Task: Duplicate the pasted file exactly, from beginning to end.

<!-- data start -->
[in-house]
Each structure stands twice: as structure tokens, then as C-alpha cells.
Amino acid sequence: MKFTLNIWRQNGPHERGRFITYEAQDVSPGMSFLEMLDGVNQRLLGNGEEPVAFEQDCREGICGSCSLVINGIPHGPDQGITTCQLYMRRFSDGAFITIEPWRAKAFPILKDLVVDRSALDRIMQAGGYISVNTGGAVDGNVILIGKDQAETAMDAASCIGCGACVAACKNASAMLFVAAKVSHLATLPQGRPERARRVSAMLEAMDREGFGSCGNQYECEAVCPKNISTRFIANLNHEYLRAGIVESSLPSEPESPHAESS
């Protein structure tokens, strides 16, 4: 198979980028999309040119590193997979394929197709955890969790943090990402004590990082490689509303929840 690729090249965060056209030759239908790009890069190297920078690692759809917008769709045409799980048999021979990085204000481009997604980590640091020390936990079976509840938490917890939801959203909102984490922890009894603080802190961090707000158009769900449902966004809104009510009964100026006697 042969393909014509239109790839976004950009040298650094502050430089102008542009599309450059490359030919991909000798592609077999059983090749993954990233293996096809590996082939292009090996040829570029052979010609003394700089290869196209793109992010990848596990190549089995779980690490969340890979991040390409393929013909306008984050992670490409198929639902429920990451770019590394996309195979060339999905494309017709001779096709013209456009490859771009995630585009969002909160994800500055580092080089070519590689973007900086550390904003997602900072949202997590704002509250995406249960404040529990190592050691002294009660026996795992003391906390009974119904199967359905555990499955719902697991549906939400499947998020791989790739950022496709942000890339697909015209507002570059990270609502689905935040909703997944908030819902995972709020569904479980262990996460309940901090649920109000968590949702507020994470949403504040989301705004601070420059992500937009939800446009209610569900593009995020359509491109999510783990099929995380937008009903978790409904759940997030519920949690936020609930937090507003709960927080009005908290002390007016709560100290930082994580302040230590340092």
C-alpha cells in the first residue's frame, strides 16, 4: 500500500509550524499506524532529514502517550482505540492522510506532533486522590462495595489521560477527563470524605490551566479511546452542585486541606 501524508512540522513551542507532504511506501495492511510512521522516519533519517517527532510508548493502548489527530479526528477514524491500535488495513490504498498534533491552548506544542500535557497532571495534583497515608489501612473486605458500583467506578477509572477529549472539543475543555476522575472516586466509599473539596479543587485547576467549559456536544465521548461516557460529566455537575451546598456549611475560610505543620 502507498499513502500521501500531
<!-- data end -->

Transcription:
[in-house]
Each structure stands twice: as structure tokens, then as C-alpha cells.
Amino acid sequence: MKFTLNIWRQNGPHERGRFITYEAQDVSPGMSFLEMLDGVNQRLLGNGEEPVAFEQDCREGICGSCSLVINGIPHGPDQGITTCQLYMRRFSDGAFITIEPWRAKAFPILKDLVVDRSALDRIMQAGGYISVNTGGAVDGNVILIGKDQAETAMDAASCIGCGACVAACKNASAMLFVAAKVSHLATLPQGRPERARRVSAMLEAMDREGFGSCGNQYECEAVCPKNISTRFIANLNHEYLRAGIVESSLPSEPESPHAESS
């Protein structure tokens, strides 16, 4: 198979980028999309040119590193997979394929197709955890969790943090990402004590990082490689509303929840 690729090249965060056209030759239908790009890069190297920078690692759809917008769709045409799980048999021979990085204000481009997604980590640091020390936990079976509840938490917890939801959203909102984490922890009894603080802190961090707000158009769900449902966004809104009510009964100026006697 042969393909014509239109790839976004950009040298650094502050430089102008542009599309450059490359030919991909000798592609077999059983090749993954990233293996096809590996082939292009090996040829570029052979010609003394700089290869196209793109992010990848596990190549089995779980690490969340890979991040390409393929013909306008984050992670490409198929639902429920990451770019590394996309195979060339999905494309017709001779096709013209456009490859771009995630585009969002909160994800500055580092080089070519590689973007900086550390904003997602900072949202997590704002509250995406249960404040529990190592050691002294009660026996795992003391906390009974119904199967359905555990499955719902697991549906939400499947998020791989790739950022496709942000890339697909015209507002570059990270609502689905935040909703997944908030819902995972709020569904479980262990996460309940901090649920109000968590949702507020994470949403504040989301705004601070420059992500937009939800446009209610569900593009995020359509491109999510783990099929995380937008009903978790409904759940997030519920949690936020609930937090507003709960927080009005908290002390007016709560100290930082994580302040230590340092």
C-alpha cells in the first residue's frame, strides 16, 4: 500500500509550524499506524532529514502517550482505540492522510506532533486522590462495595489521560477527563470524605490551566479511546452542585486541606 501524508512540522513551542507532504511506501495492511510512521522516519533519517517527532510508548493502548489527530479526528477514524491500535488495513490504498498534533491552548506544542500535557497532571495534583497515608489501612473486605458500583467506578477509572477529549472539543475543555476522575472516586466509599473539596479543587485547576467549559456536544465521548461516557460529566455537575451546598456549611475560610505543620 502507498499513502500521501500531